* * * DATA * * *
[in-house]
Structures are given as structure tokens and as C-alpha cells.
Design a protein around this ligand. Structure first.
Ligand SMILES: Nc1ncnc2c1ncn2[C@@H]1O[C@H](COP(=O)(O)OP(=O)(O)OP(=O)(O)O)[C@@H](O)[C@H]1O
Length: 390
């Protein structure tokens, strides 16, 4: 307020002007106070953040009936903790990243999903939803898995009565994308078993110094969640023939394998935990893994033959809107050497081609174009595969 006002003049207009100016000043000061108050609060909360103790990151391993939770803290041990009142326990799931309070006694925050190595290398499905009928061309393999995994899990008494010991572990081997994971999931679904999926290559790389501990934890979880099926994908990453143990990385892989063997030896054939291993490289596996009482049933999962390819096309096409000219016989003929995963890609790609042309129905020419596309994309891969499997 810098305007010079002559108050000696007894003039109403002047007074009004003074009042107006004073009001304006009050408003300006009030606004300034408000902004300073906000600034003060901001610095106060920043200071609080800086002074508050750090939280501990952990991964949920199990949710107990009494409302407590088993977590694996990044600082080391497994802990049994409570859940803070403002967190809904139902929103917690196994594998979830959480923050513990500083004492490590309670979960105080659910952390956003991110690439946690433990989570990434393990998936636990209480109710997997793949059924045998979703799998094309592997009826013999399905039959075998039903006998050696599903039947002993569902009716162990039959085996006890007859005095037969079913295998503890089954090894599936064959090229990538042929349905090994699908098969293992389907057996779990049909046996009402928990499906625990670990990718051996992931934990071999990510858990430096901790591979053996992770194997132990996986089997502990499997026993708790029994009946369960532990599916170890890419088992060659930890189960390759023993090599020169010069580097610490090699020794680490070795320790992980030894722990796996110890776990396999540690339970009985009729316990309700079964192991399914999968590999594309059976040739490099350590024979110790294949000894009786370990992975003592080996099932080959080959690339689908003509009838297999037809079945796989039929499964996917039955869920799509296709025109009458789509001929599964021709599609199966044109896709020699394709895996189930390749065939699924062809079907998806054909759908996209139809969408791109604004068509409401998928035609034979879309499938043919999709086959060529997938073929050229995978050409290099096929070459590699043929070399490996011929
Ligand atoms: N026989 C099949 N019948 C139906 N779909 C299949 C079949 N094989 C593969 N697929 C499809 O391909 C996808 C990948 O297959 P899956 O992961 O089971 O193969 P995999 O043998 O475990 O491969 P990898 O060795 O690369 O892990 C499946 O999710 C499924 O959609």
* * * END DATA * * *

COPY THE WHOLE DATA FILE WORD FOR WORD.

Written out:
[in-house]
Structures are given as structure tokens and as C-alpha cells.
Design a protein around this ligand. Structure first.
Ligand SMILES: Nc1ncnc2c1ncn2[C@@H]1O[C@H](COP(=O)(O)OP(=O)(O)OP(=O)(O)O)[C@@H](O)[C@H]1O
Length: 390
């Protein structure tokens, strides 16, 4: 307020002007106070953040009936903790990243999903939803898995009565994308078993110094969640023939394998935990893994033959809107050497081609174009595969 006002003049207009100016000043000061108050609060909360103790990151391993939770803290041990009142326990799931309070006694925050190595290398499905009928061309393999995994899990008494010991572990081997994971999931679904999926290559790389501990934890979880099926994908990453143990990385892989063997030896054939291993490289596996009482049933999962390819096309096409000219016989003929995963890609790609042309129905020419596309994309891969499997 810098305007010079002559108050000696007894003039109403002047007074009004003074009042107006004073009001304006009050408003300006009030606004300034408000902004300073906000600034003060901001610095106060920043200071609080800086002074508050750090939280501990952990991964949920199990949710107990009494409302407590088993977590694996990044600082080391497994802990049994409570859940803070403002967190809904139902929103917690196994594998979830959480923050513990500083004492490590309670979960105080659910952390956003991110690439946690433990989570990434393990998936636990209480109710997997793949059924045998979703799998094309592997009826013999399905039959075998039903006998050696599903039947002993569902009716162990039959085996006890007859005095037969079913295998503890089954090894599936064959090229990538042929349905090994699908098969293992389907057996779990049909046996009402928990499906625990670990990718051996992931934990071999990510858990430096901790591979053996992770194997132990996986089997502990499997026993708790029994009946369960532990599916170890890419088992060659930890189960390759023993090599020169010069580097610490090699020794680490070795320790992980030894722990796996110890776990396999540690339970009985009729316990309700079964192991399914999968590999594309059976040739490099350590024979110790294949000894009786370990992975003592080996099932080959080959690339689908003509009838297999037809079945796989039929499964996917039955869920799509296709025109009458789509001929599964021709599609199966044109896709020699394709895996189930390749065939699924062809079907998806054909759908996209139809969408791109604004068509409401998928035609034979879309499938043919999709086959060529997938073929050229995978050409290099096929070459590699043929070399490996011929
Ligand atoms: N026989 C099949 N019948 C139906 N779909 C299949 C079949 N094989 C593969 N697929 C499809 O391909 C996808 C990948 O297959 P899956 O992961 O089971 O193969 P995999 O043998 O475990 O491969 P990898 O060795 O690369 O892990 C499946 O999710 C499924 O959609």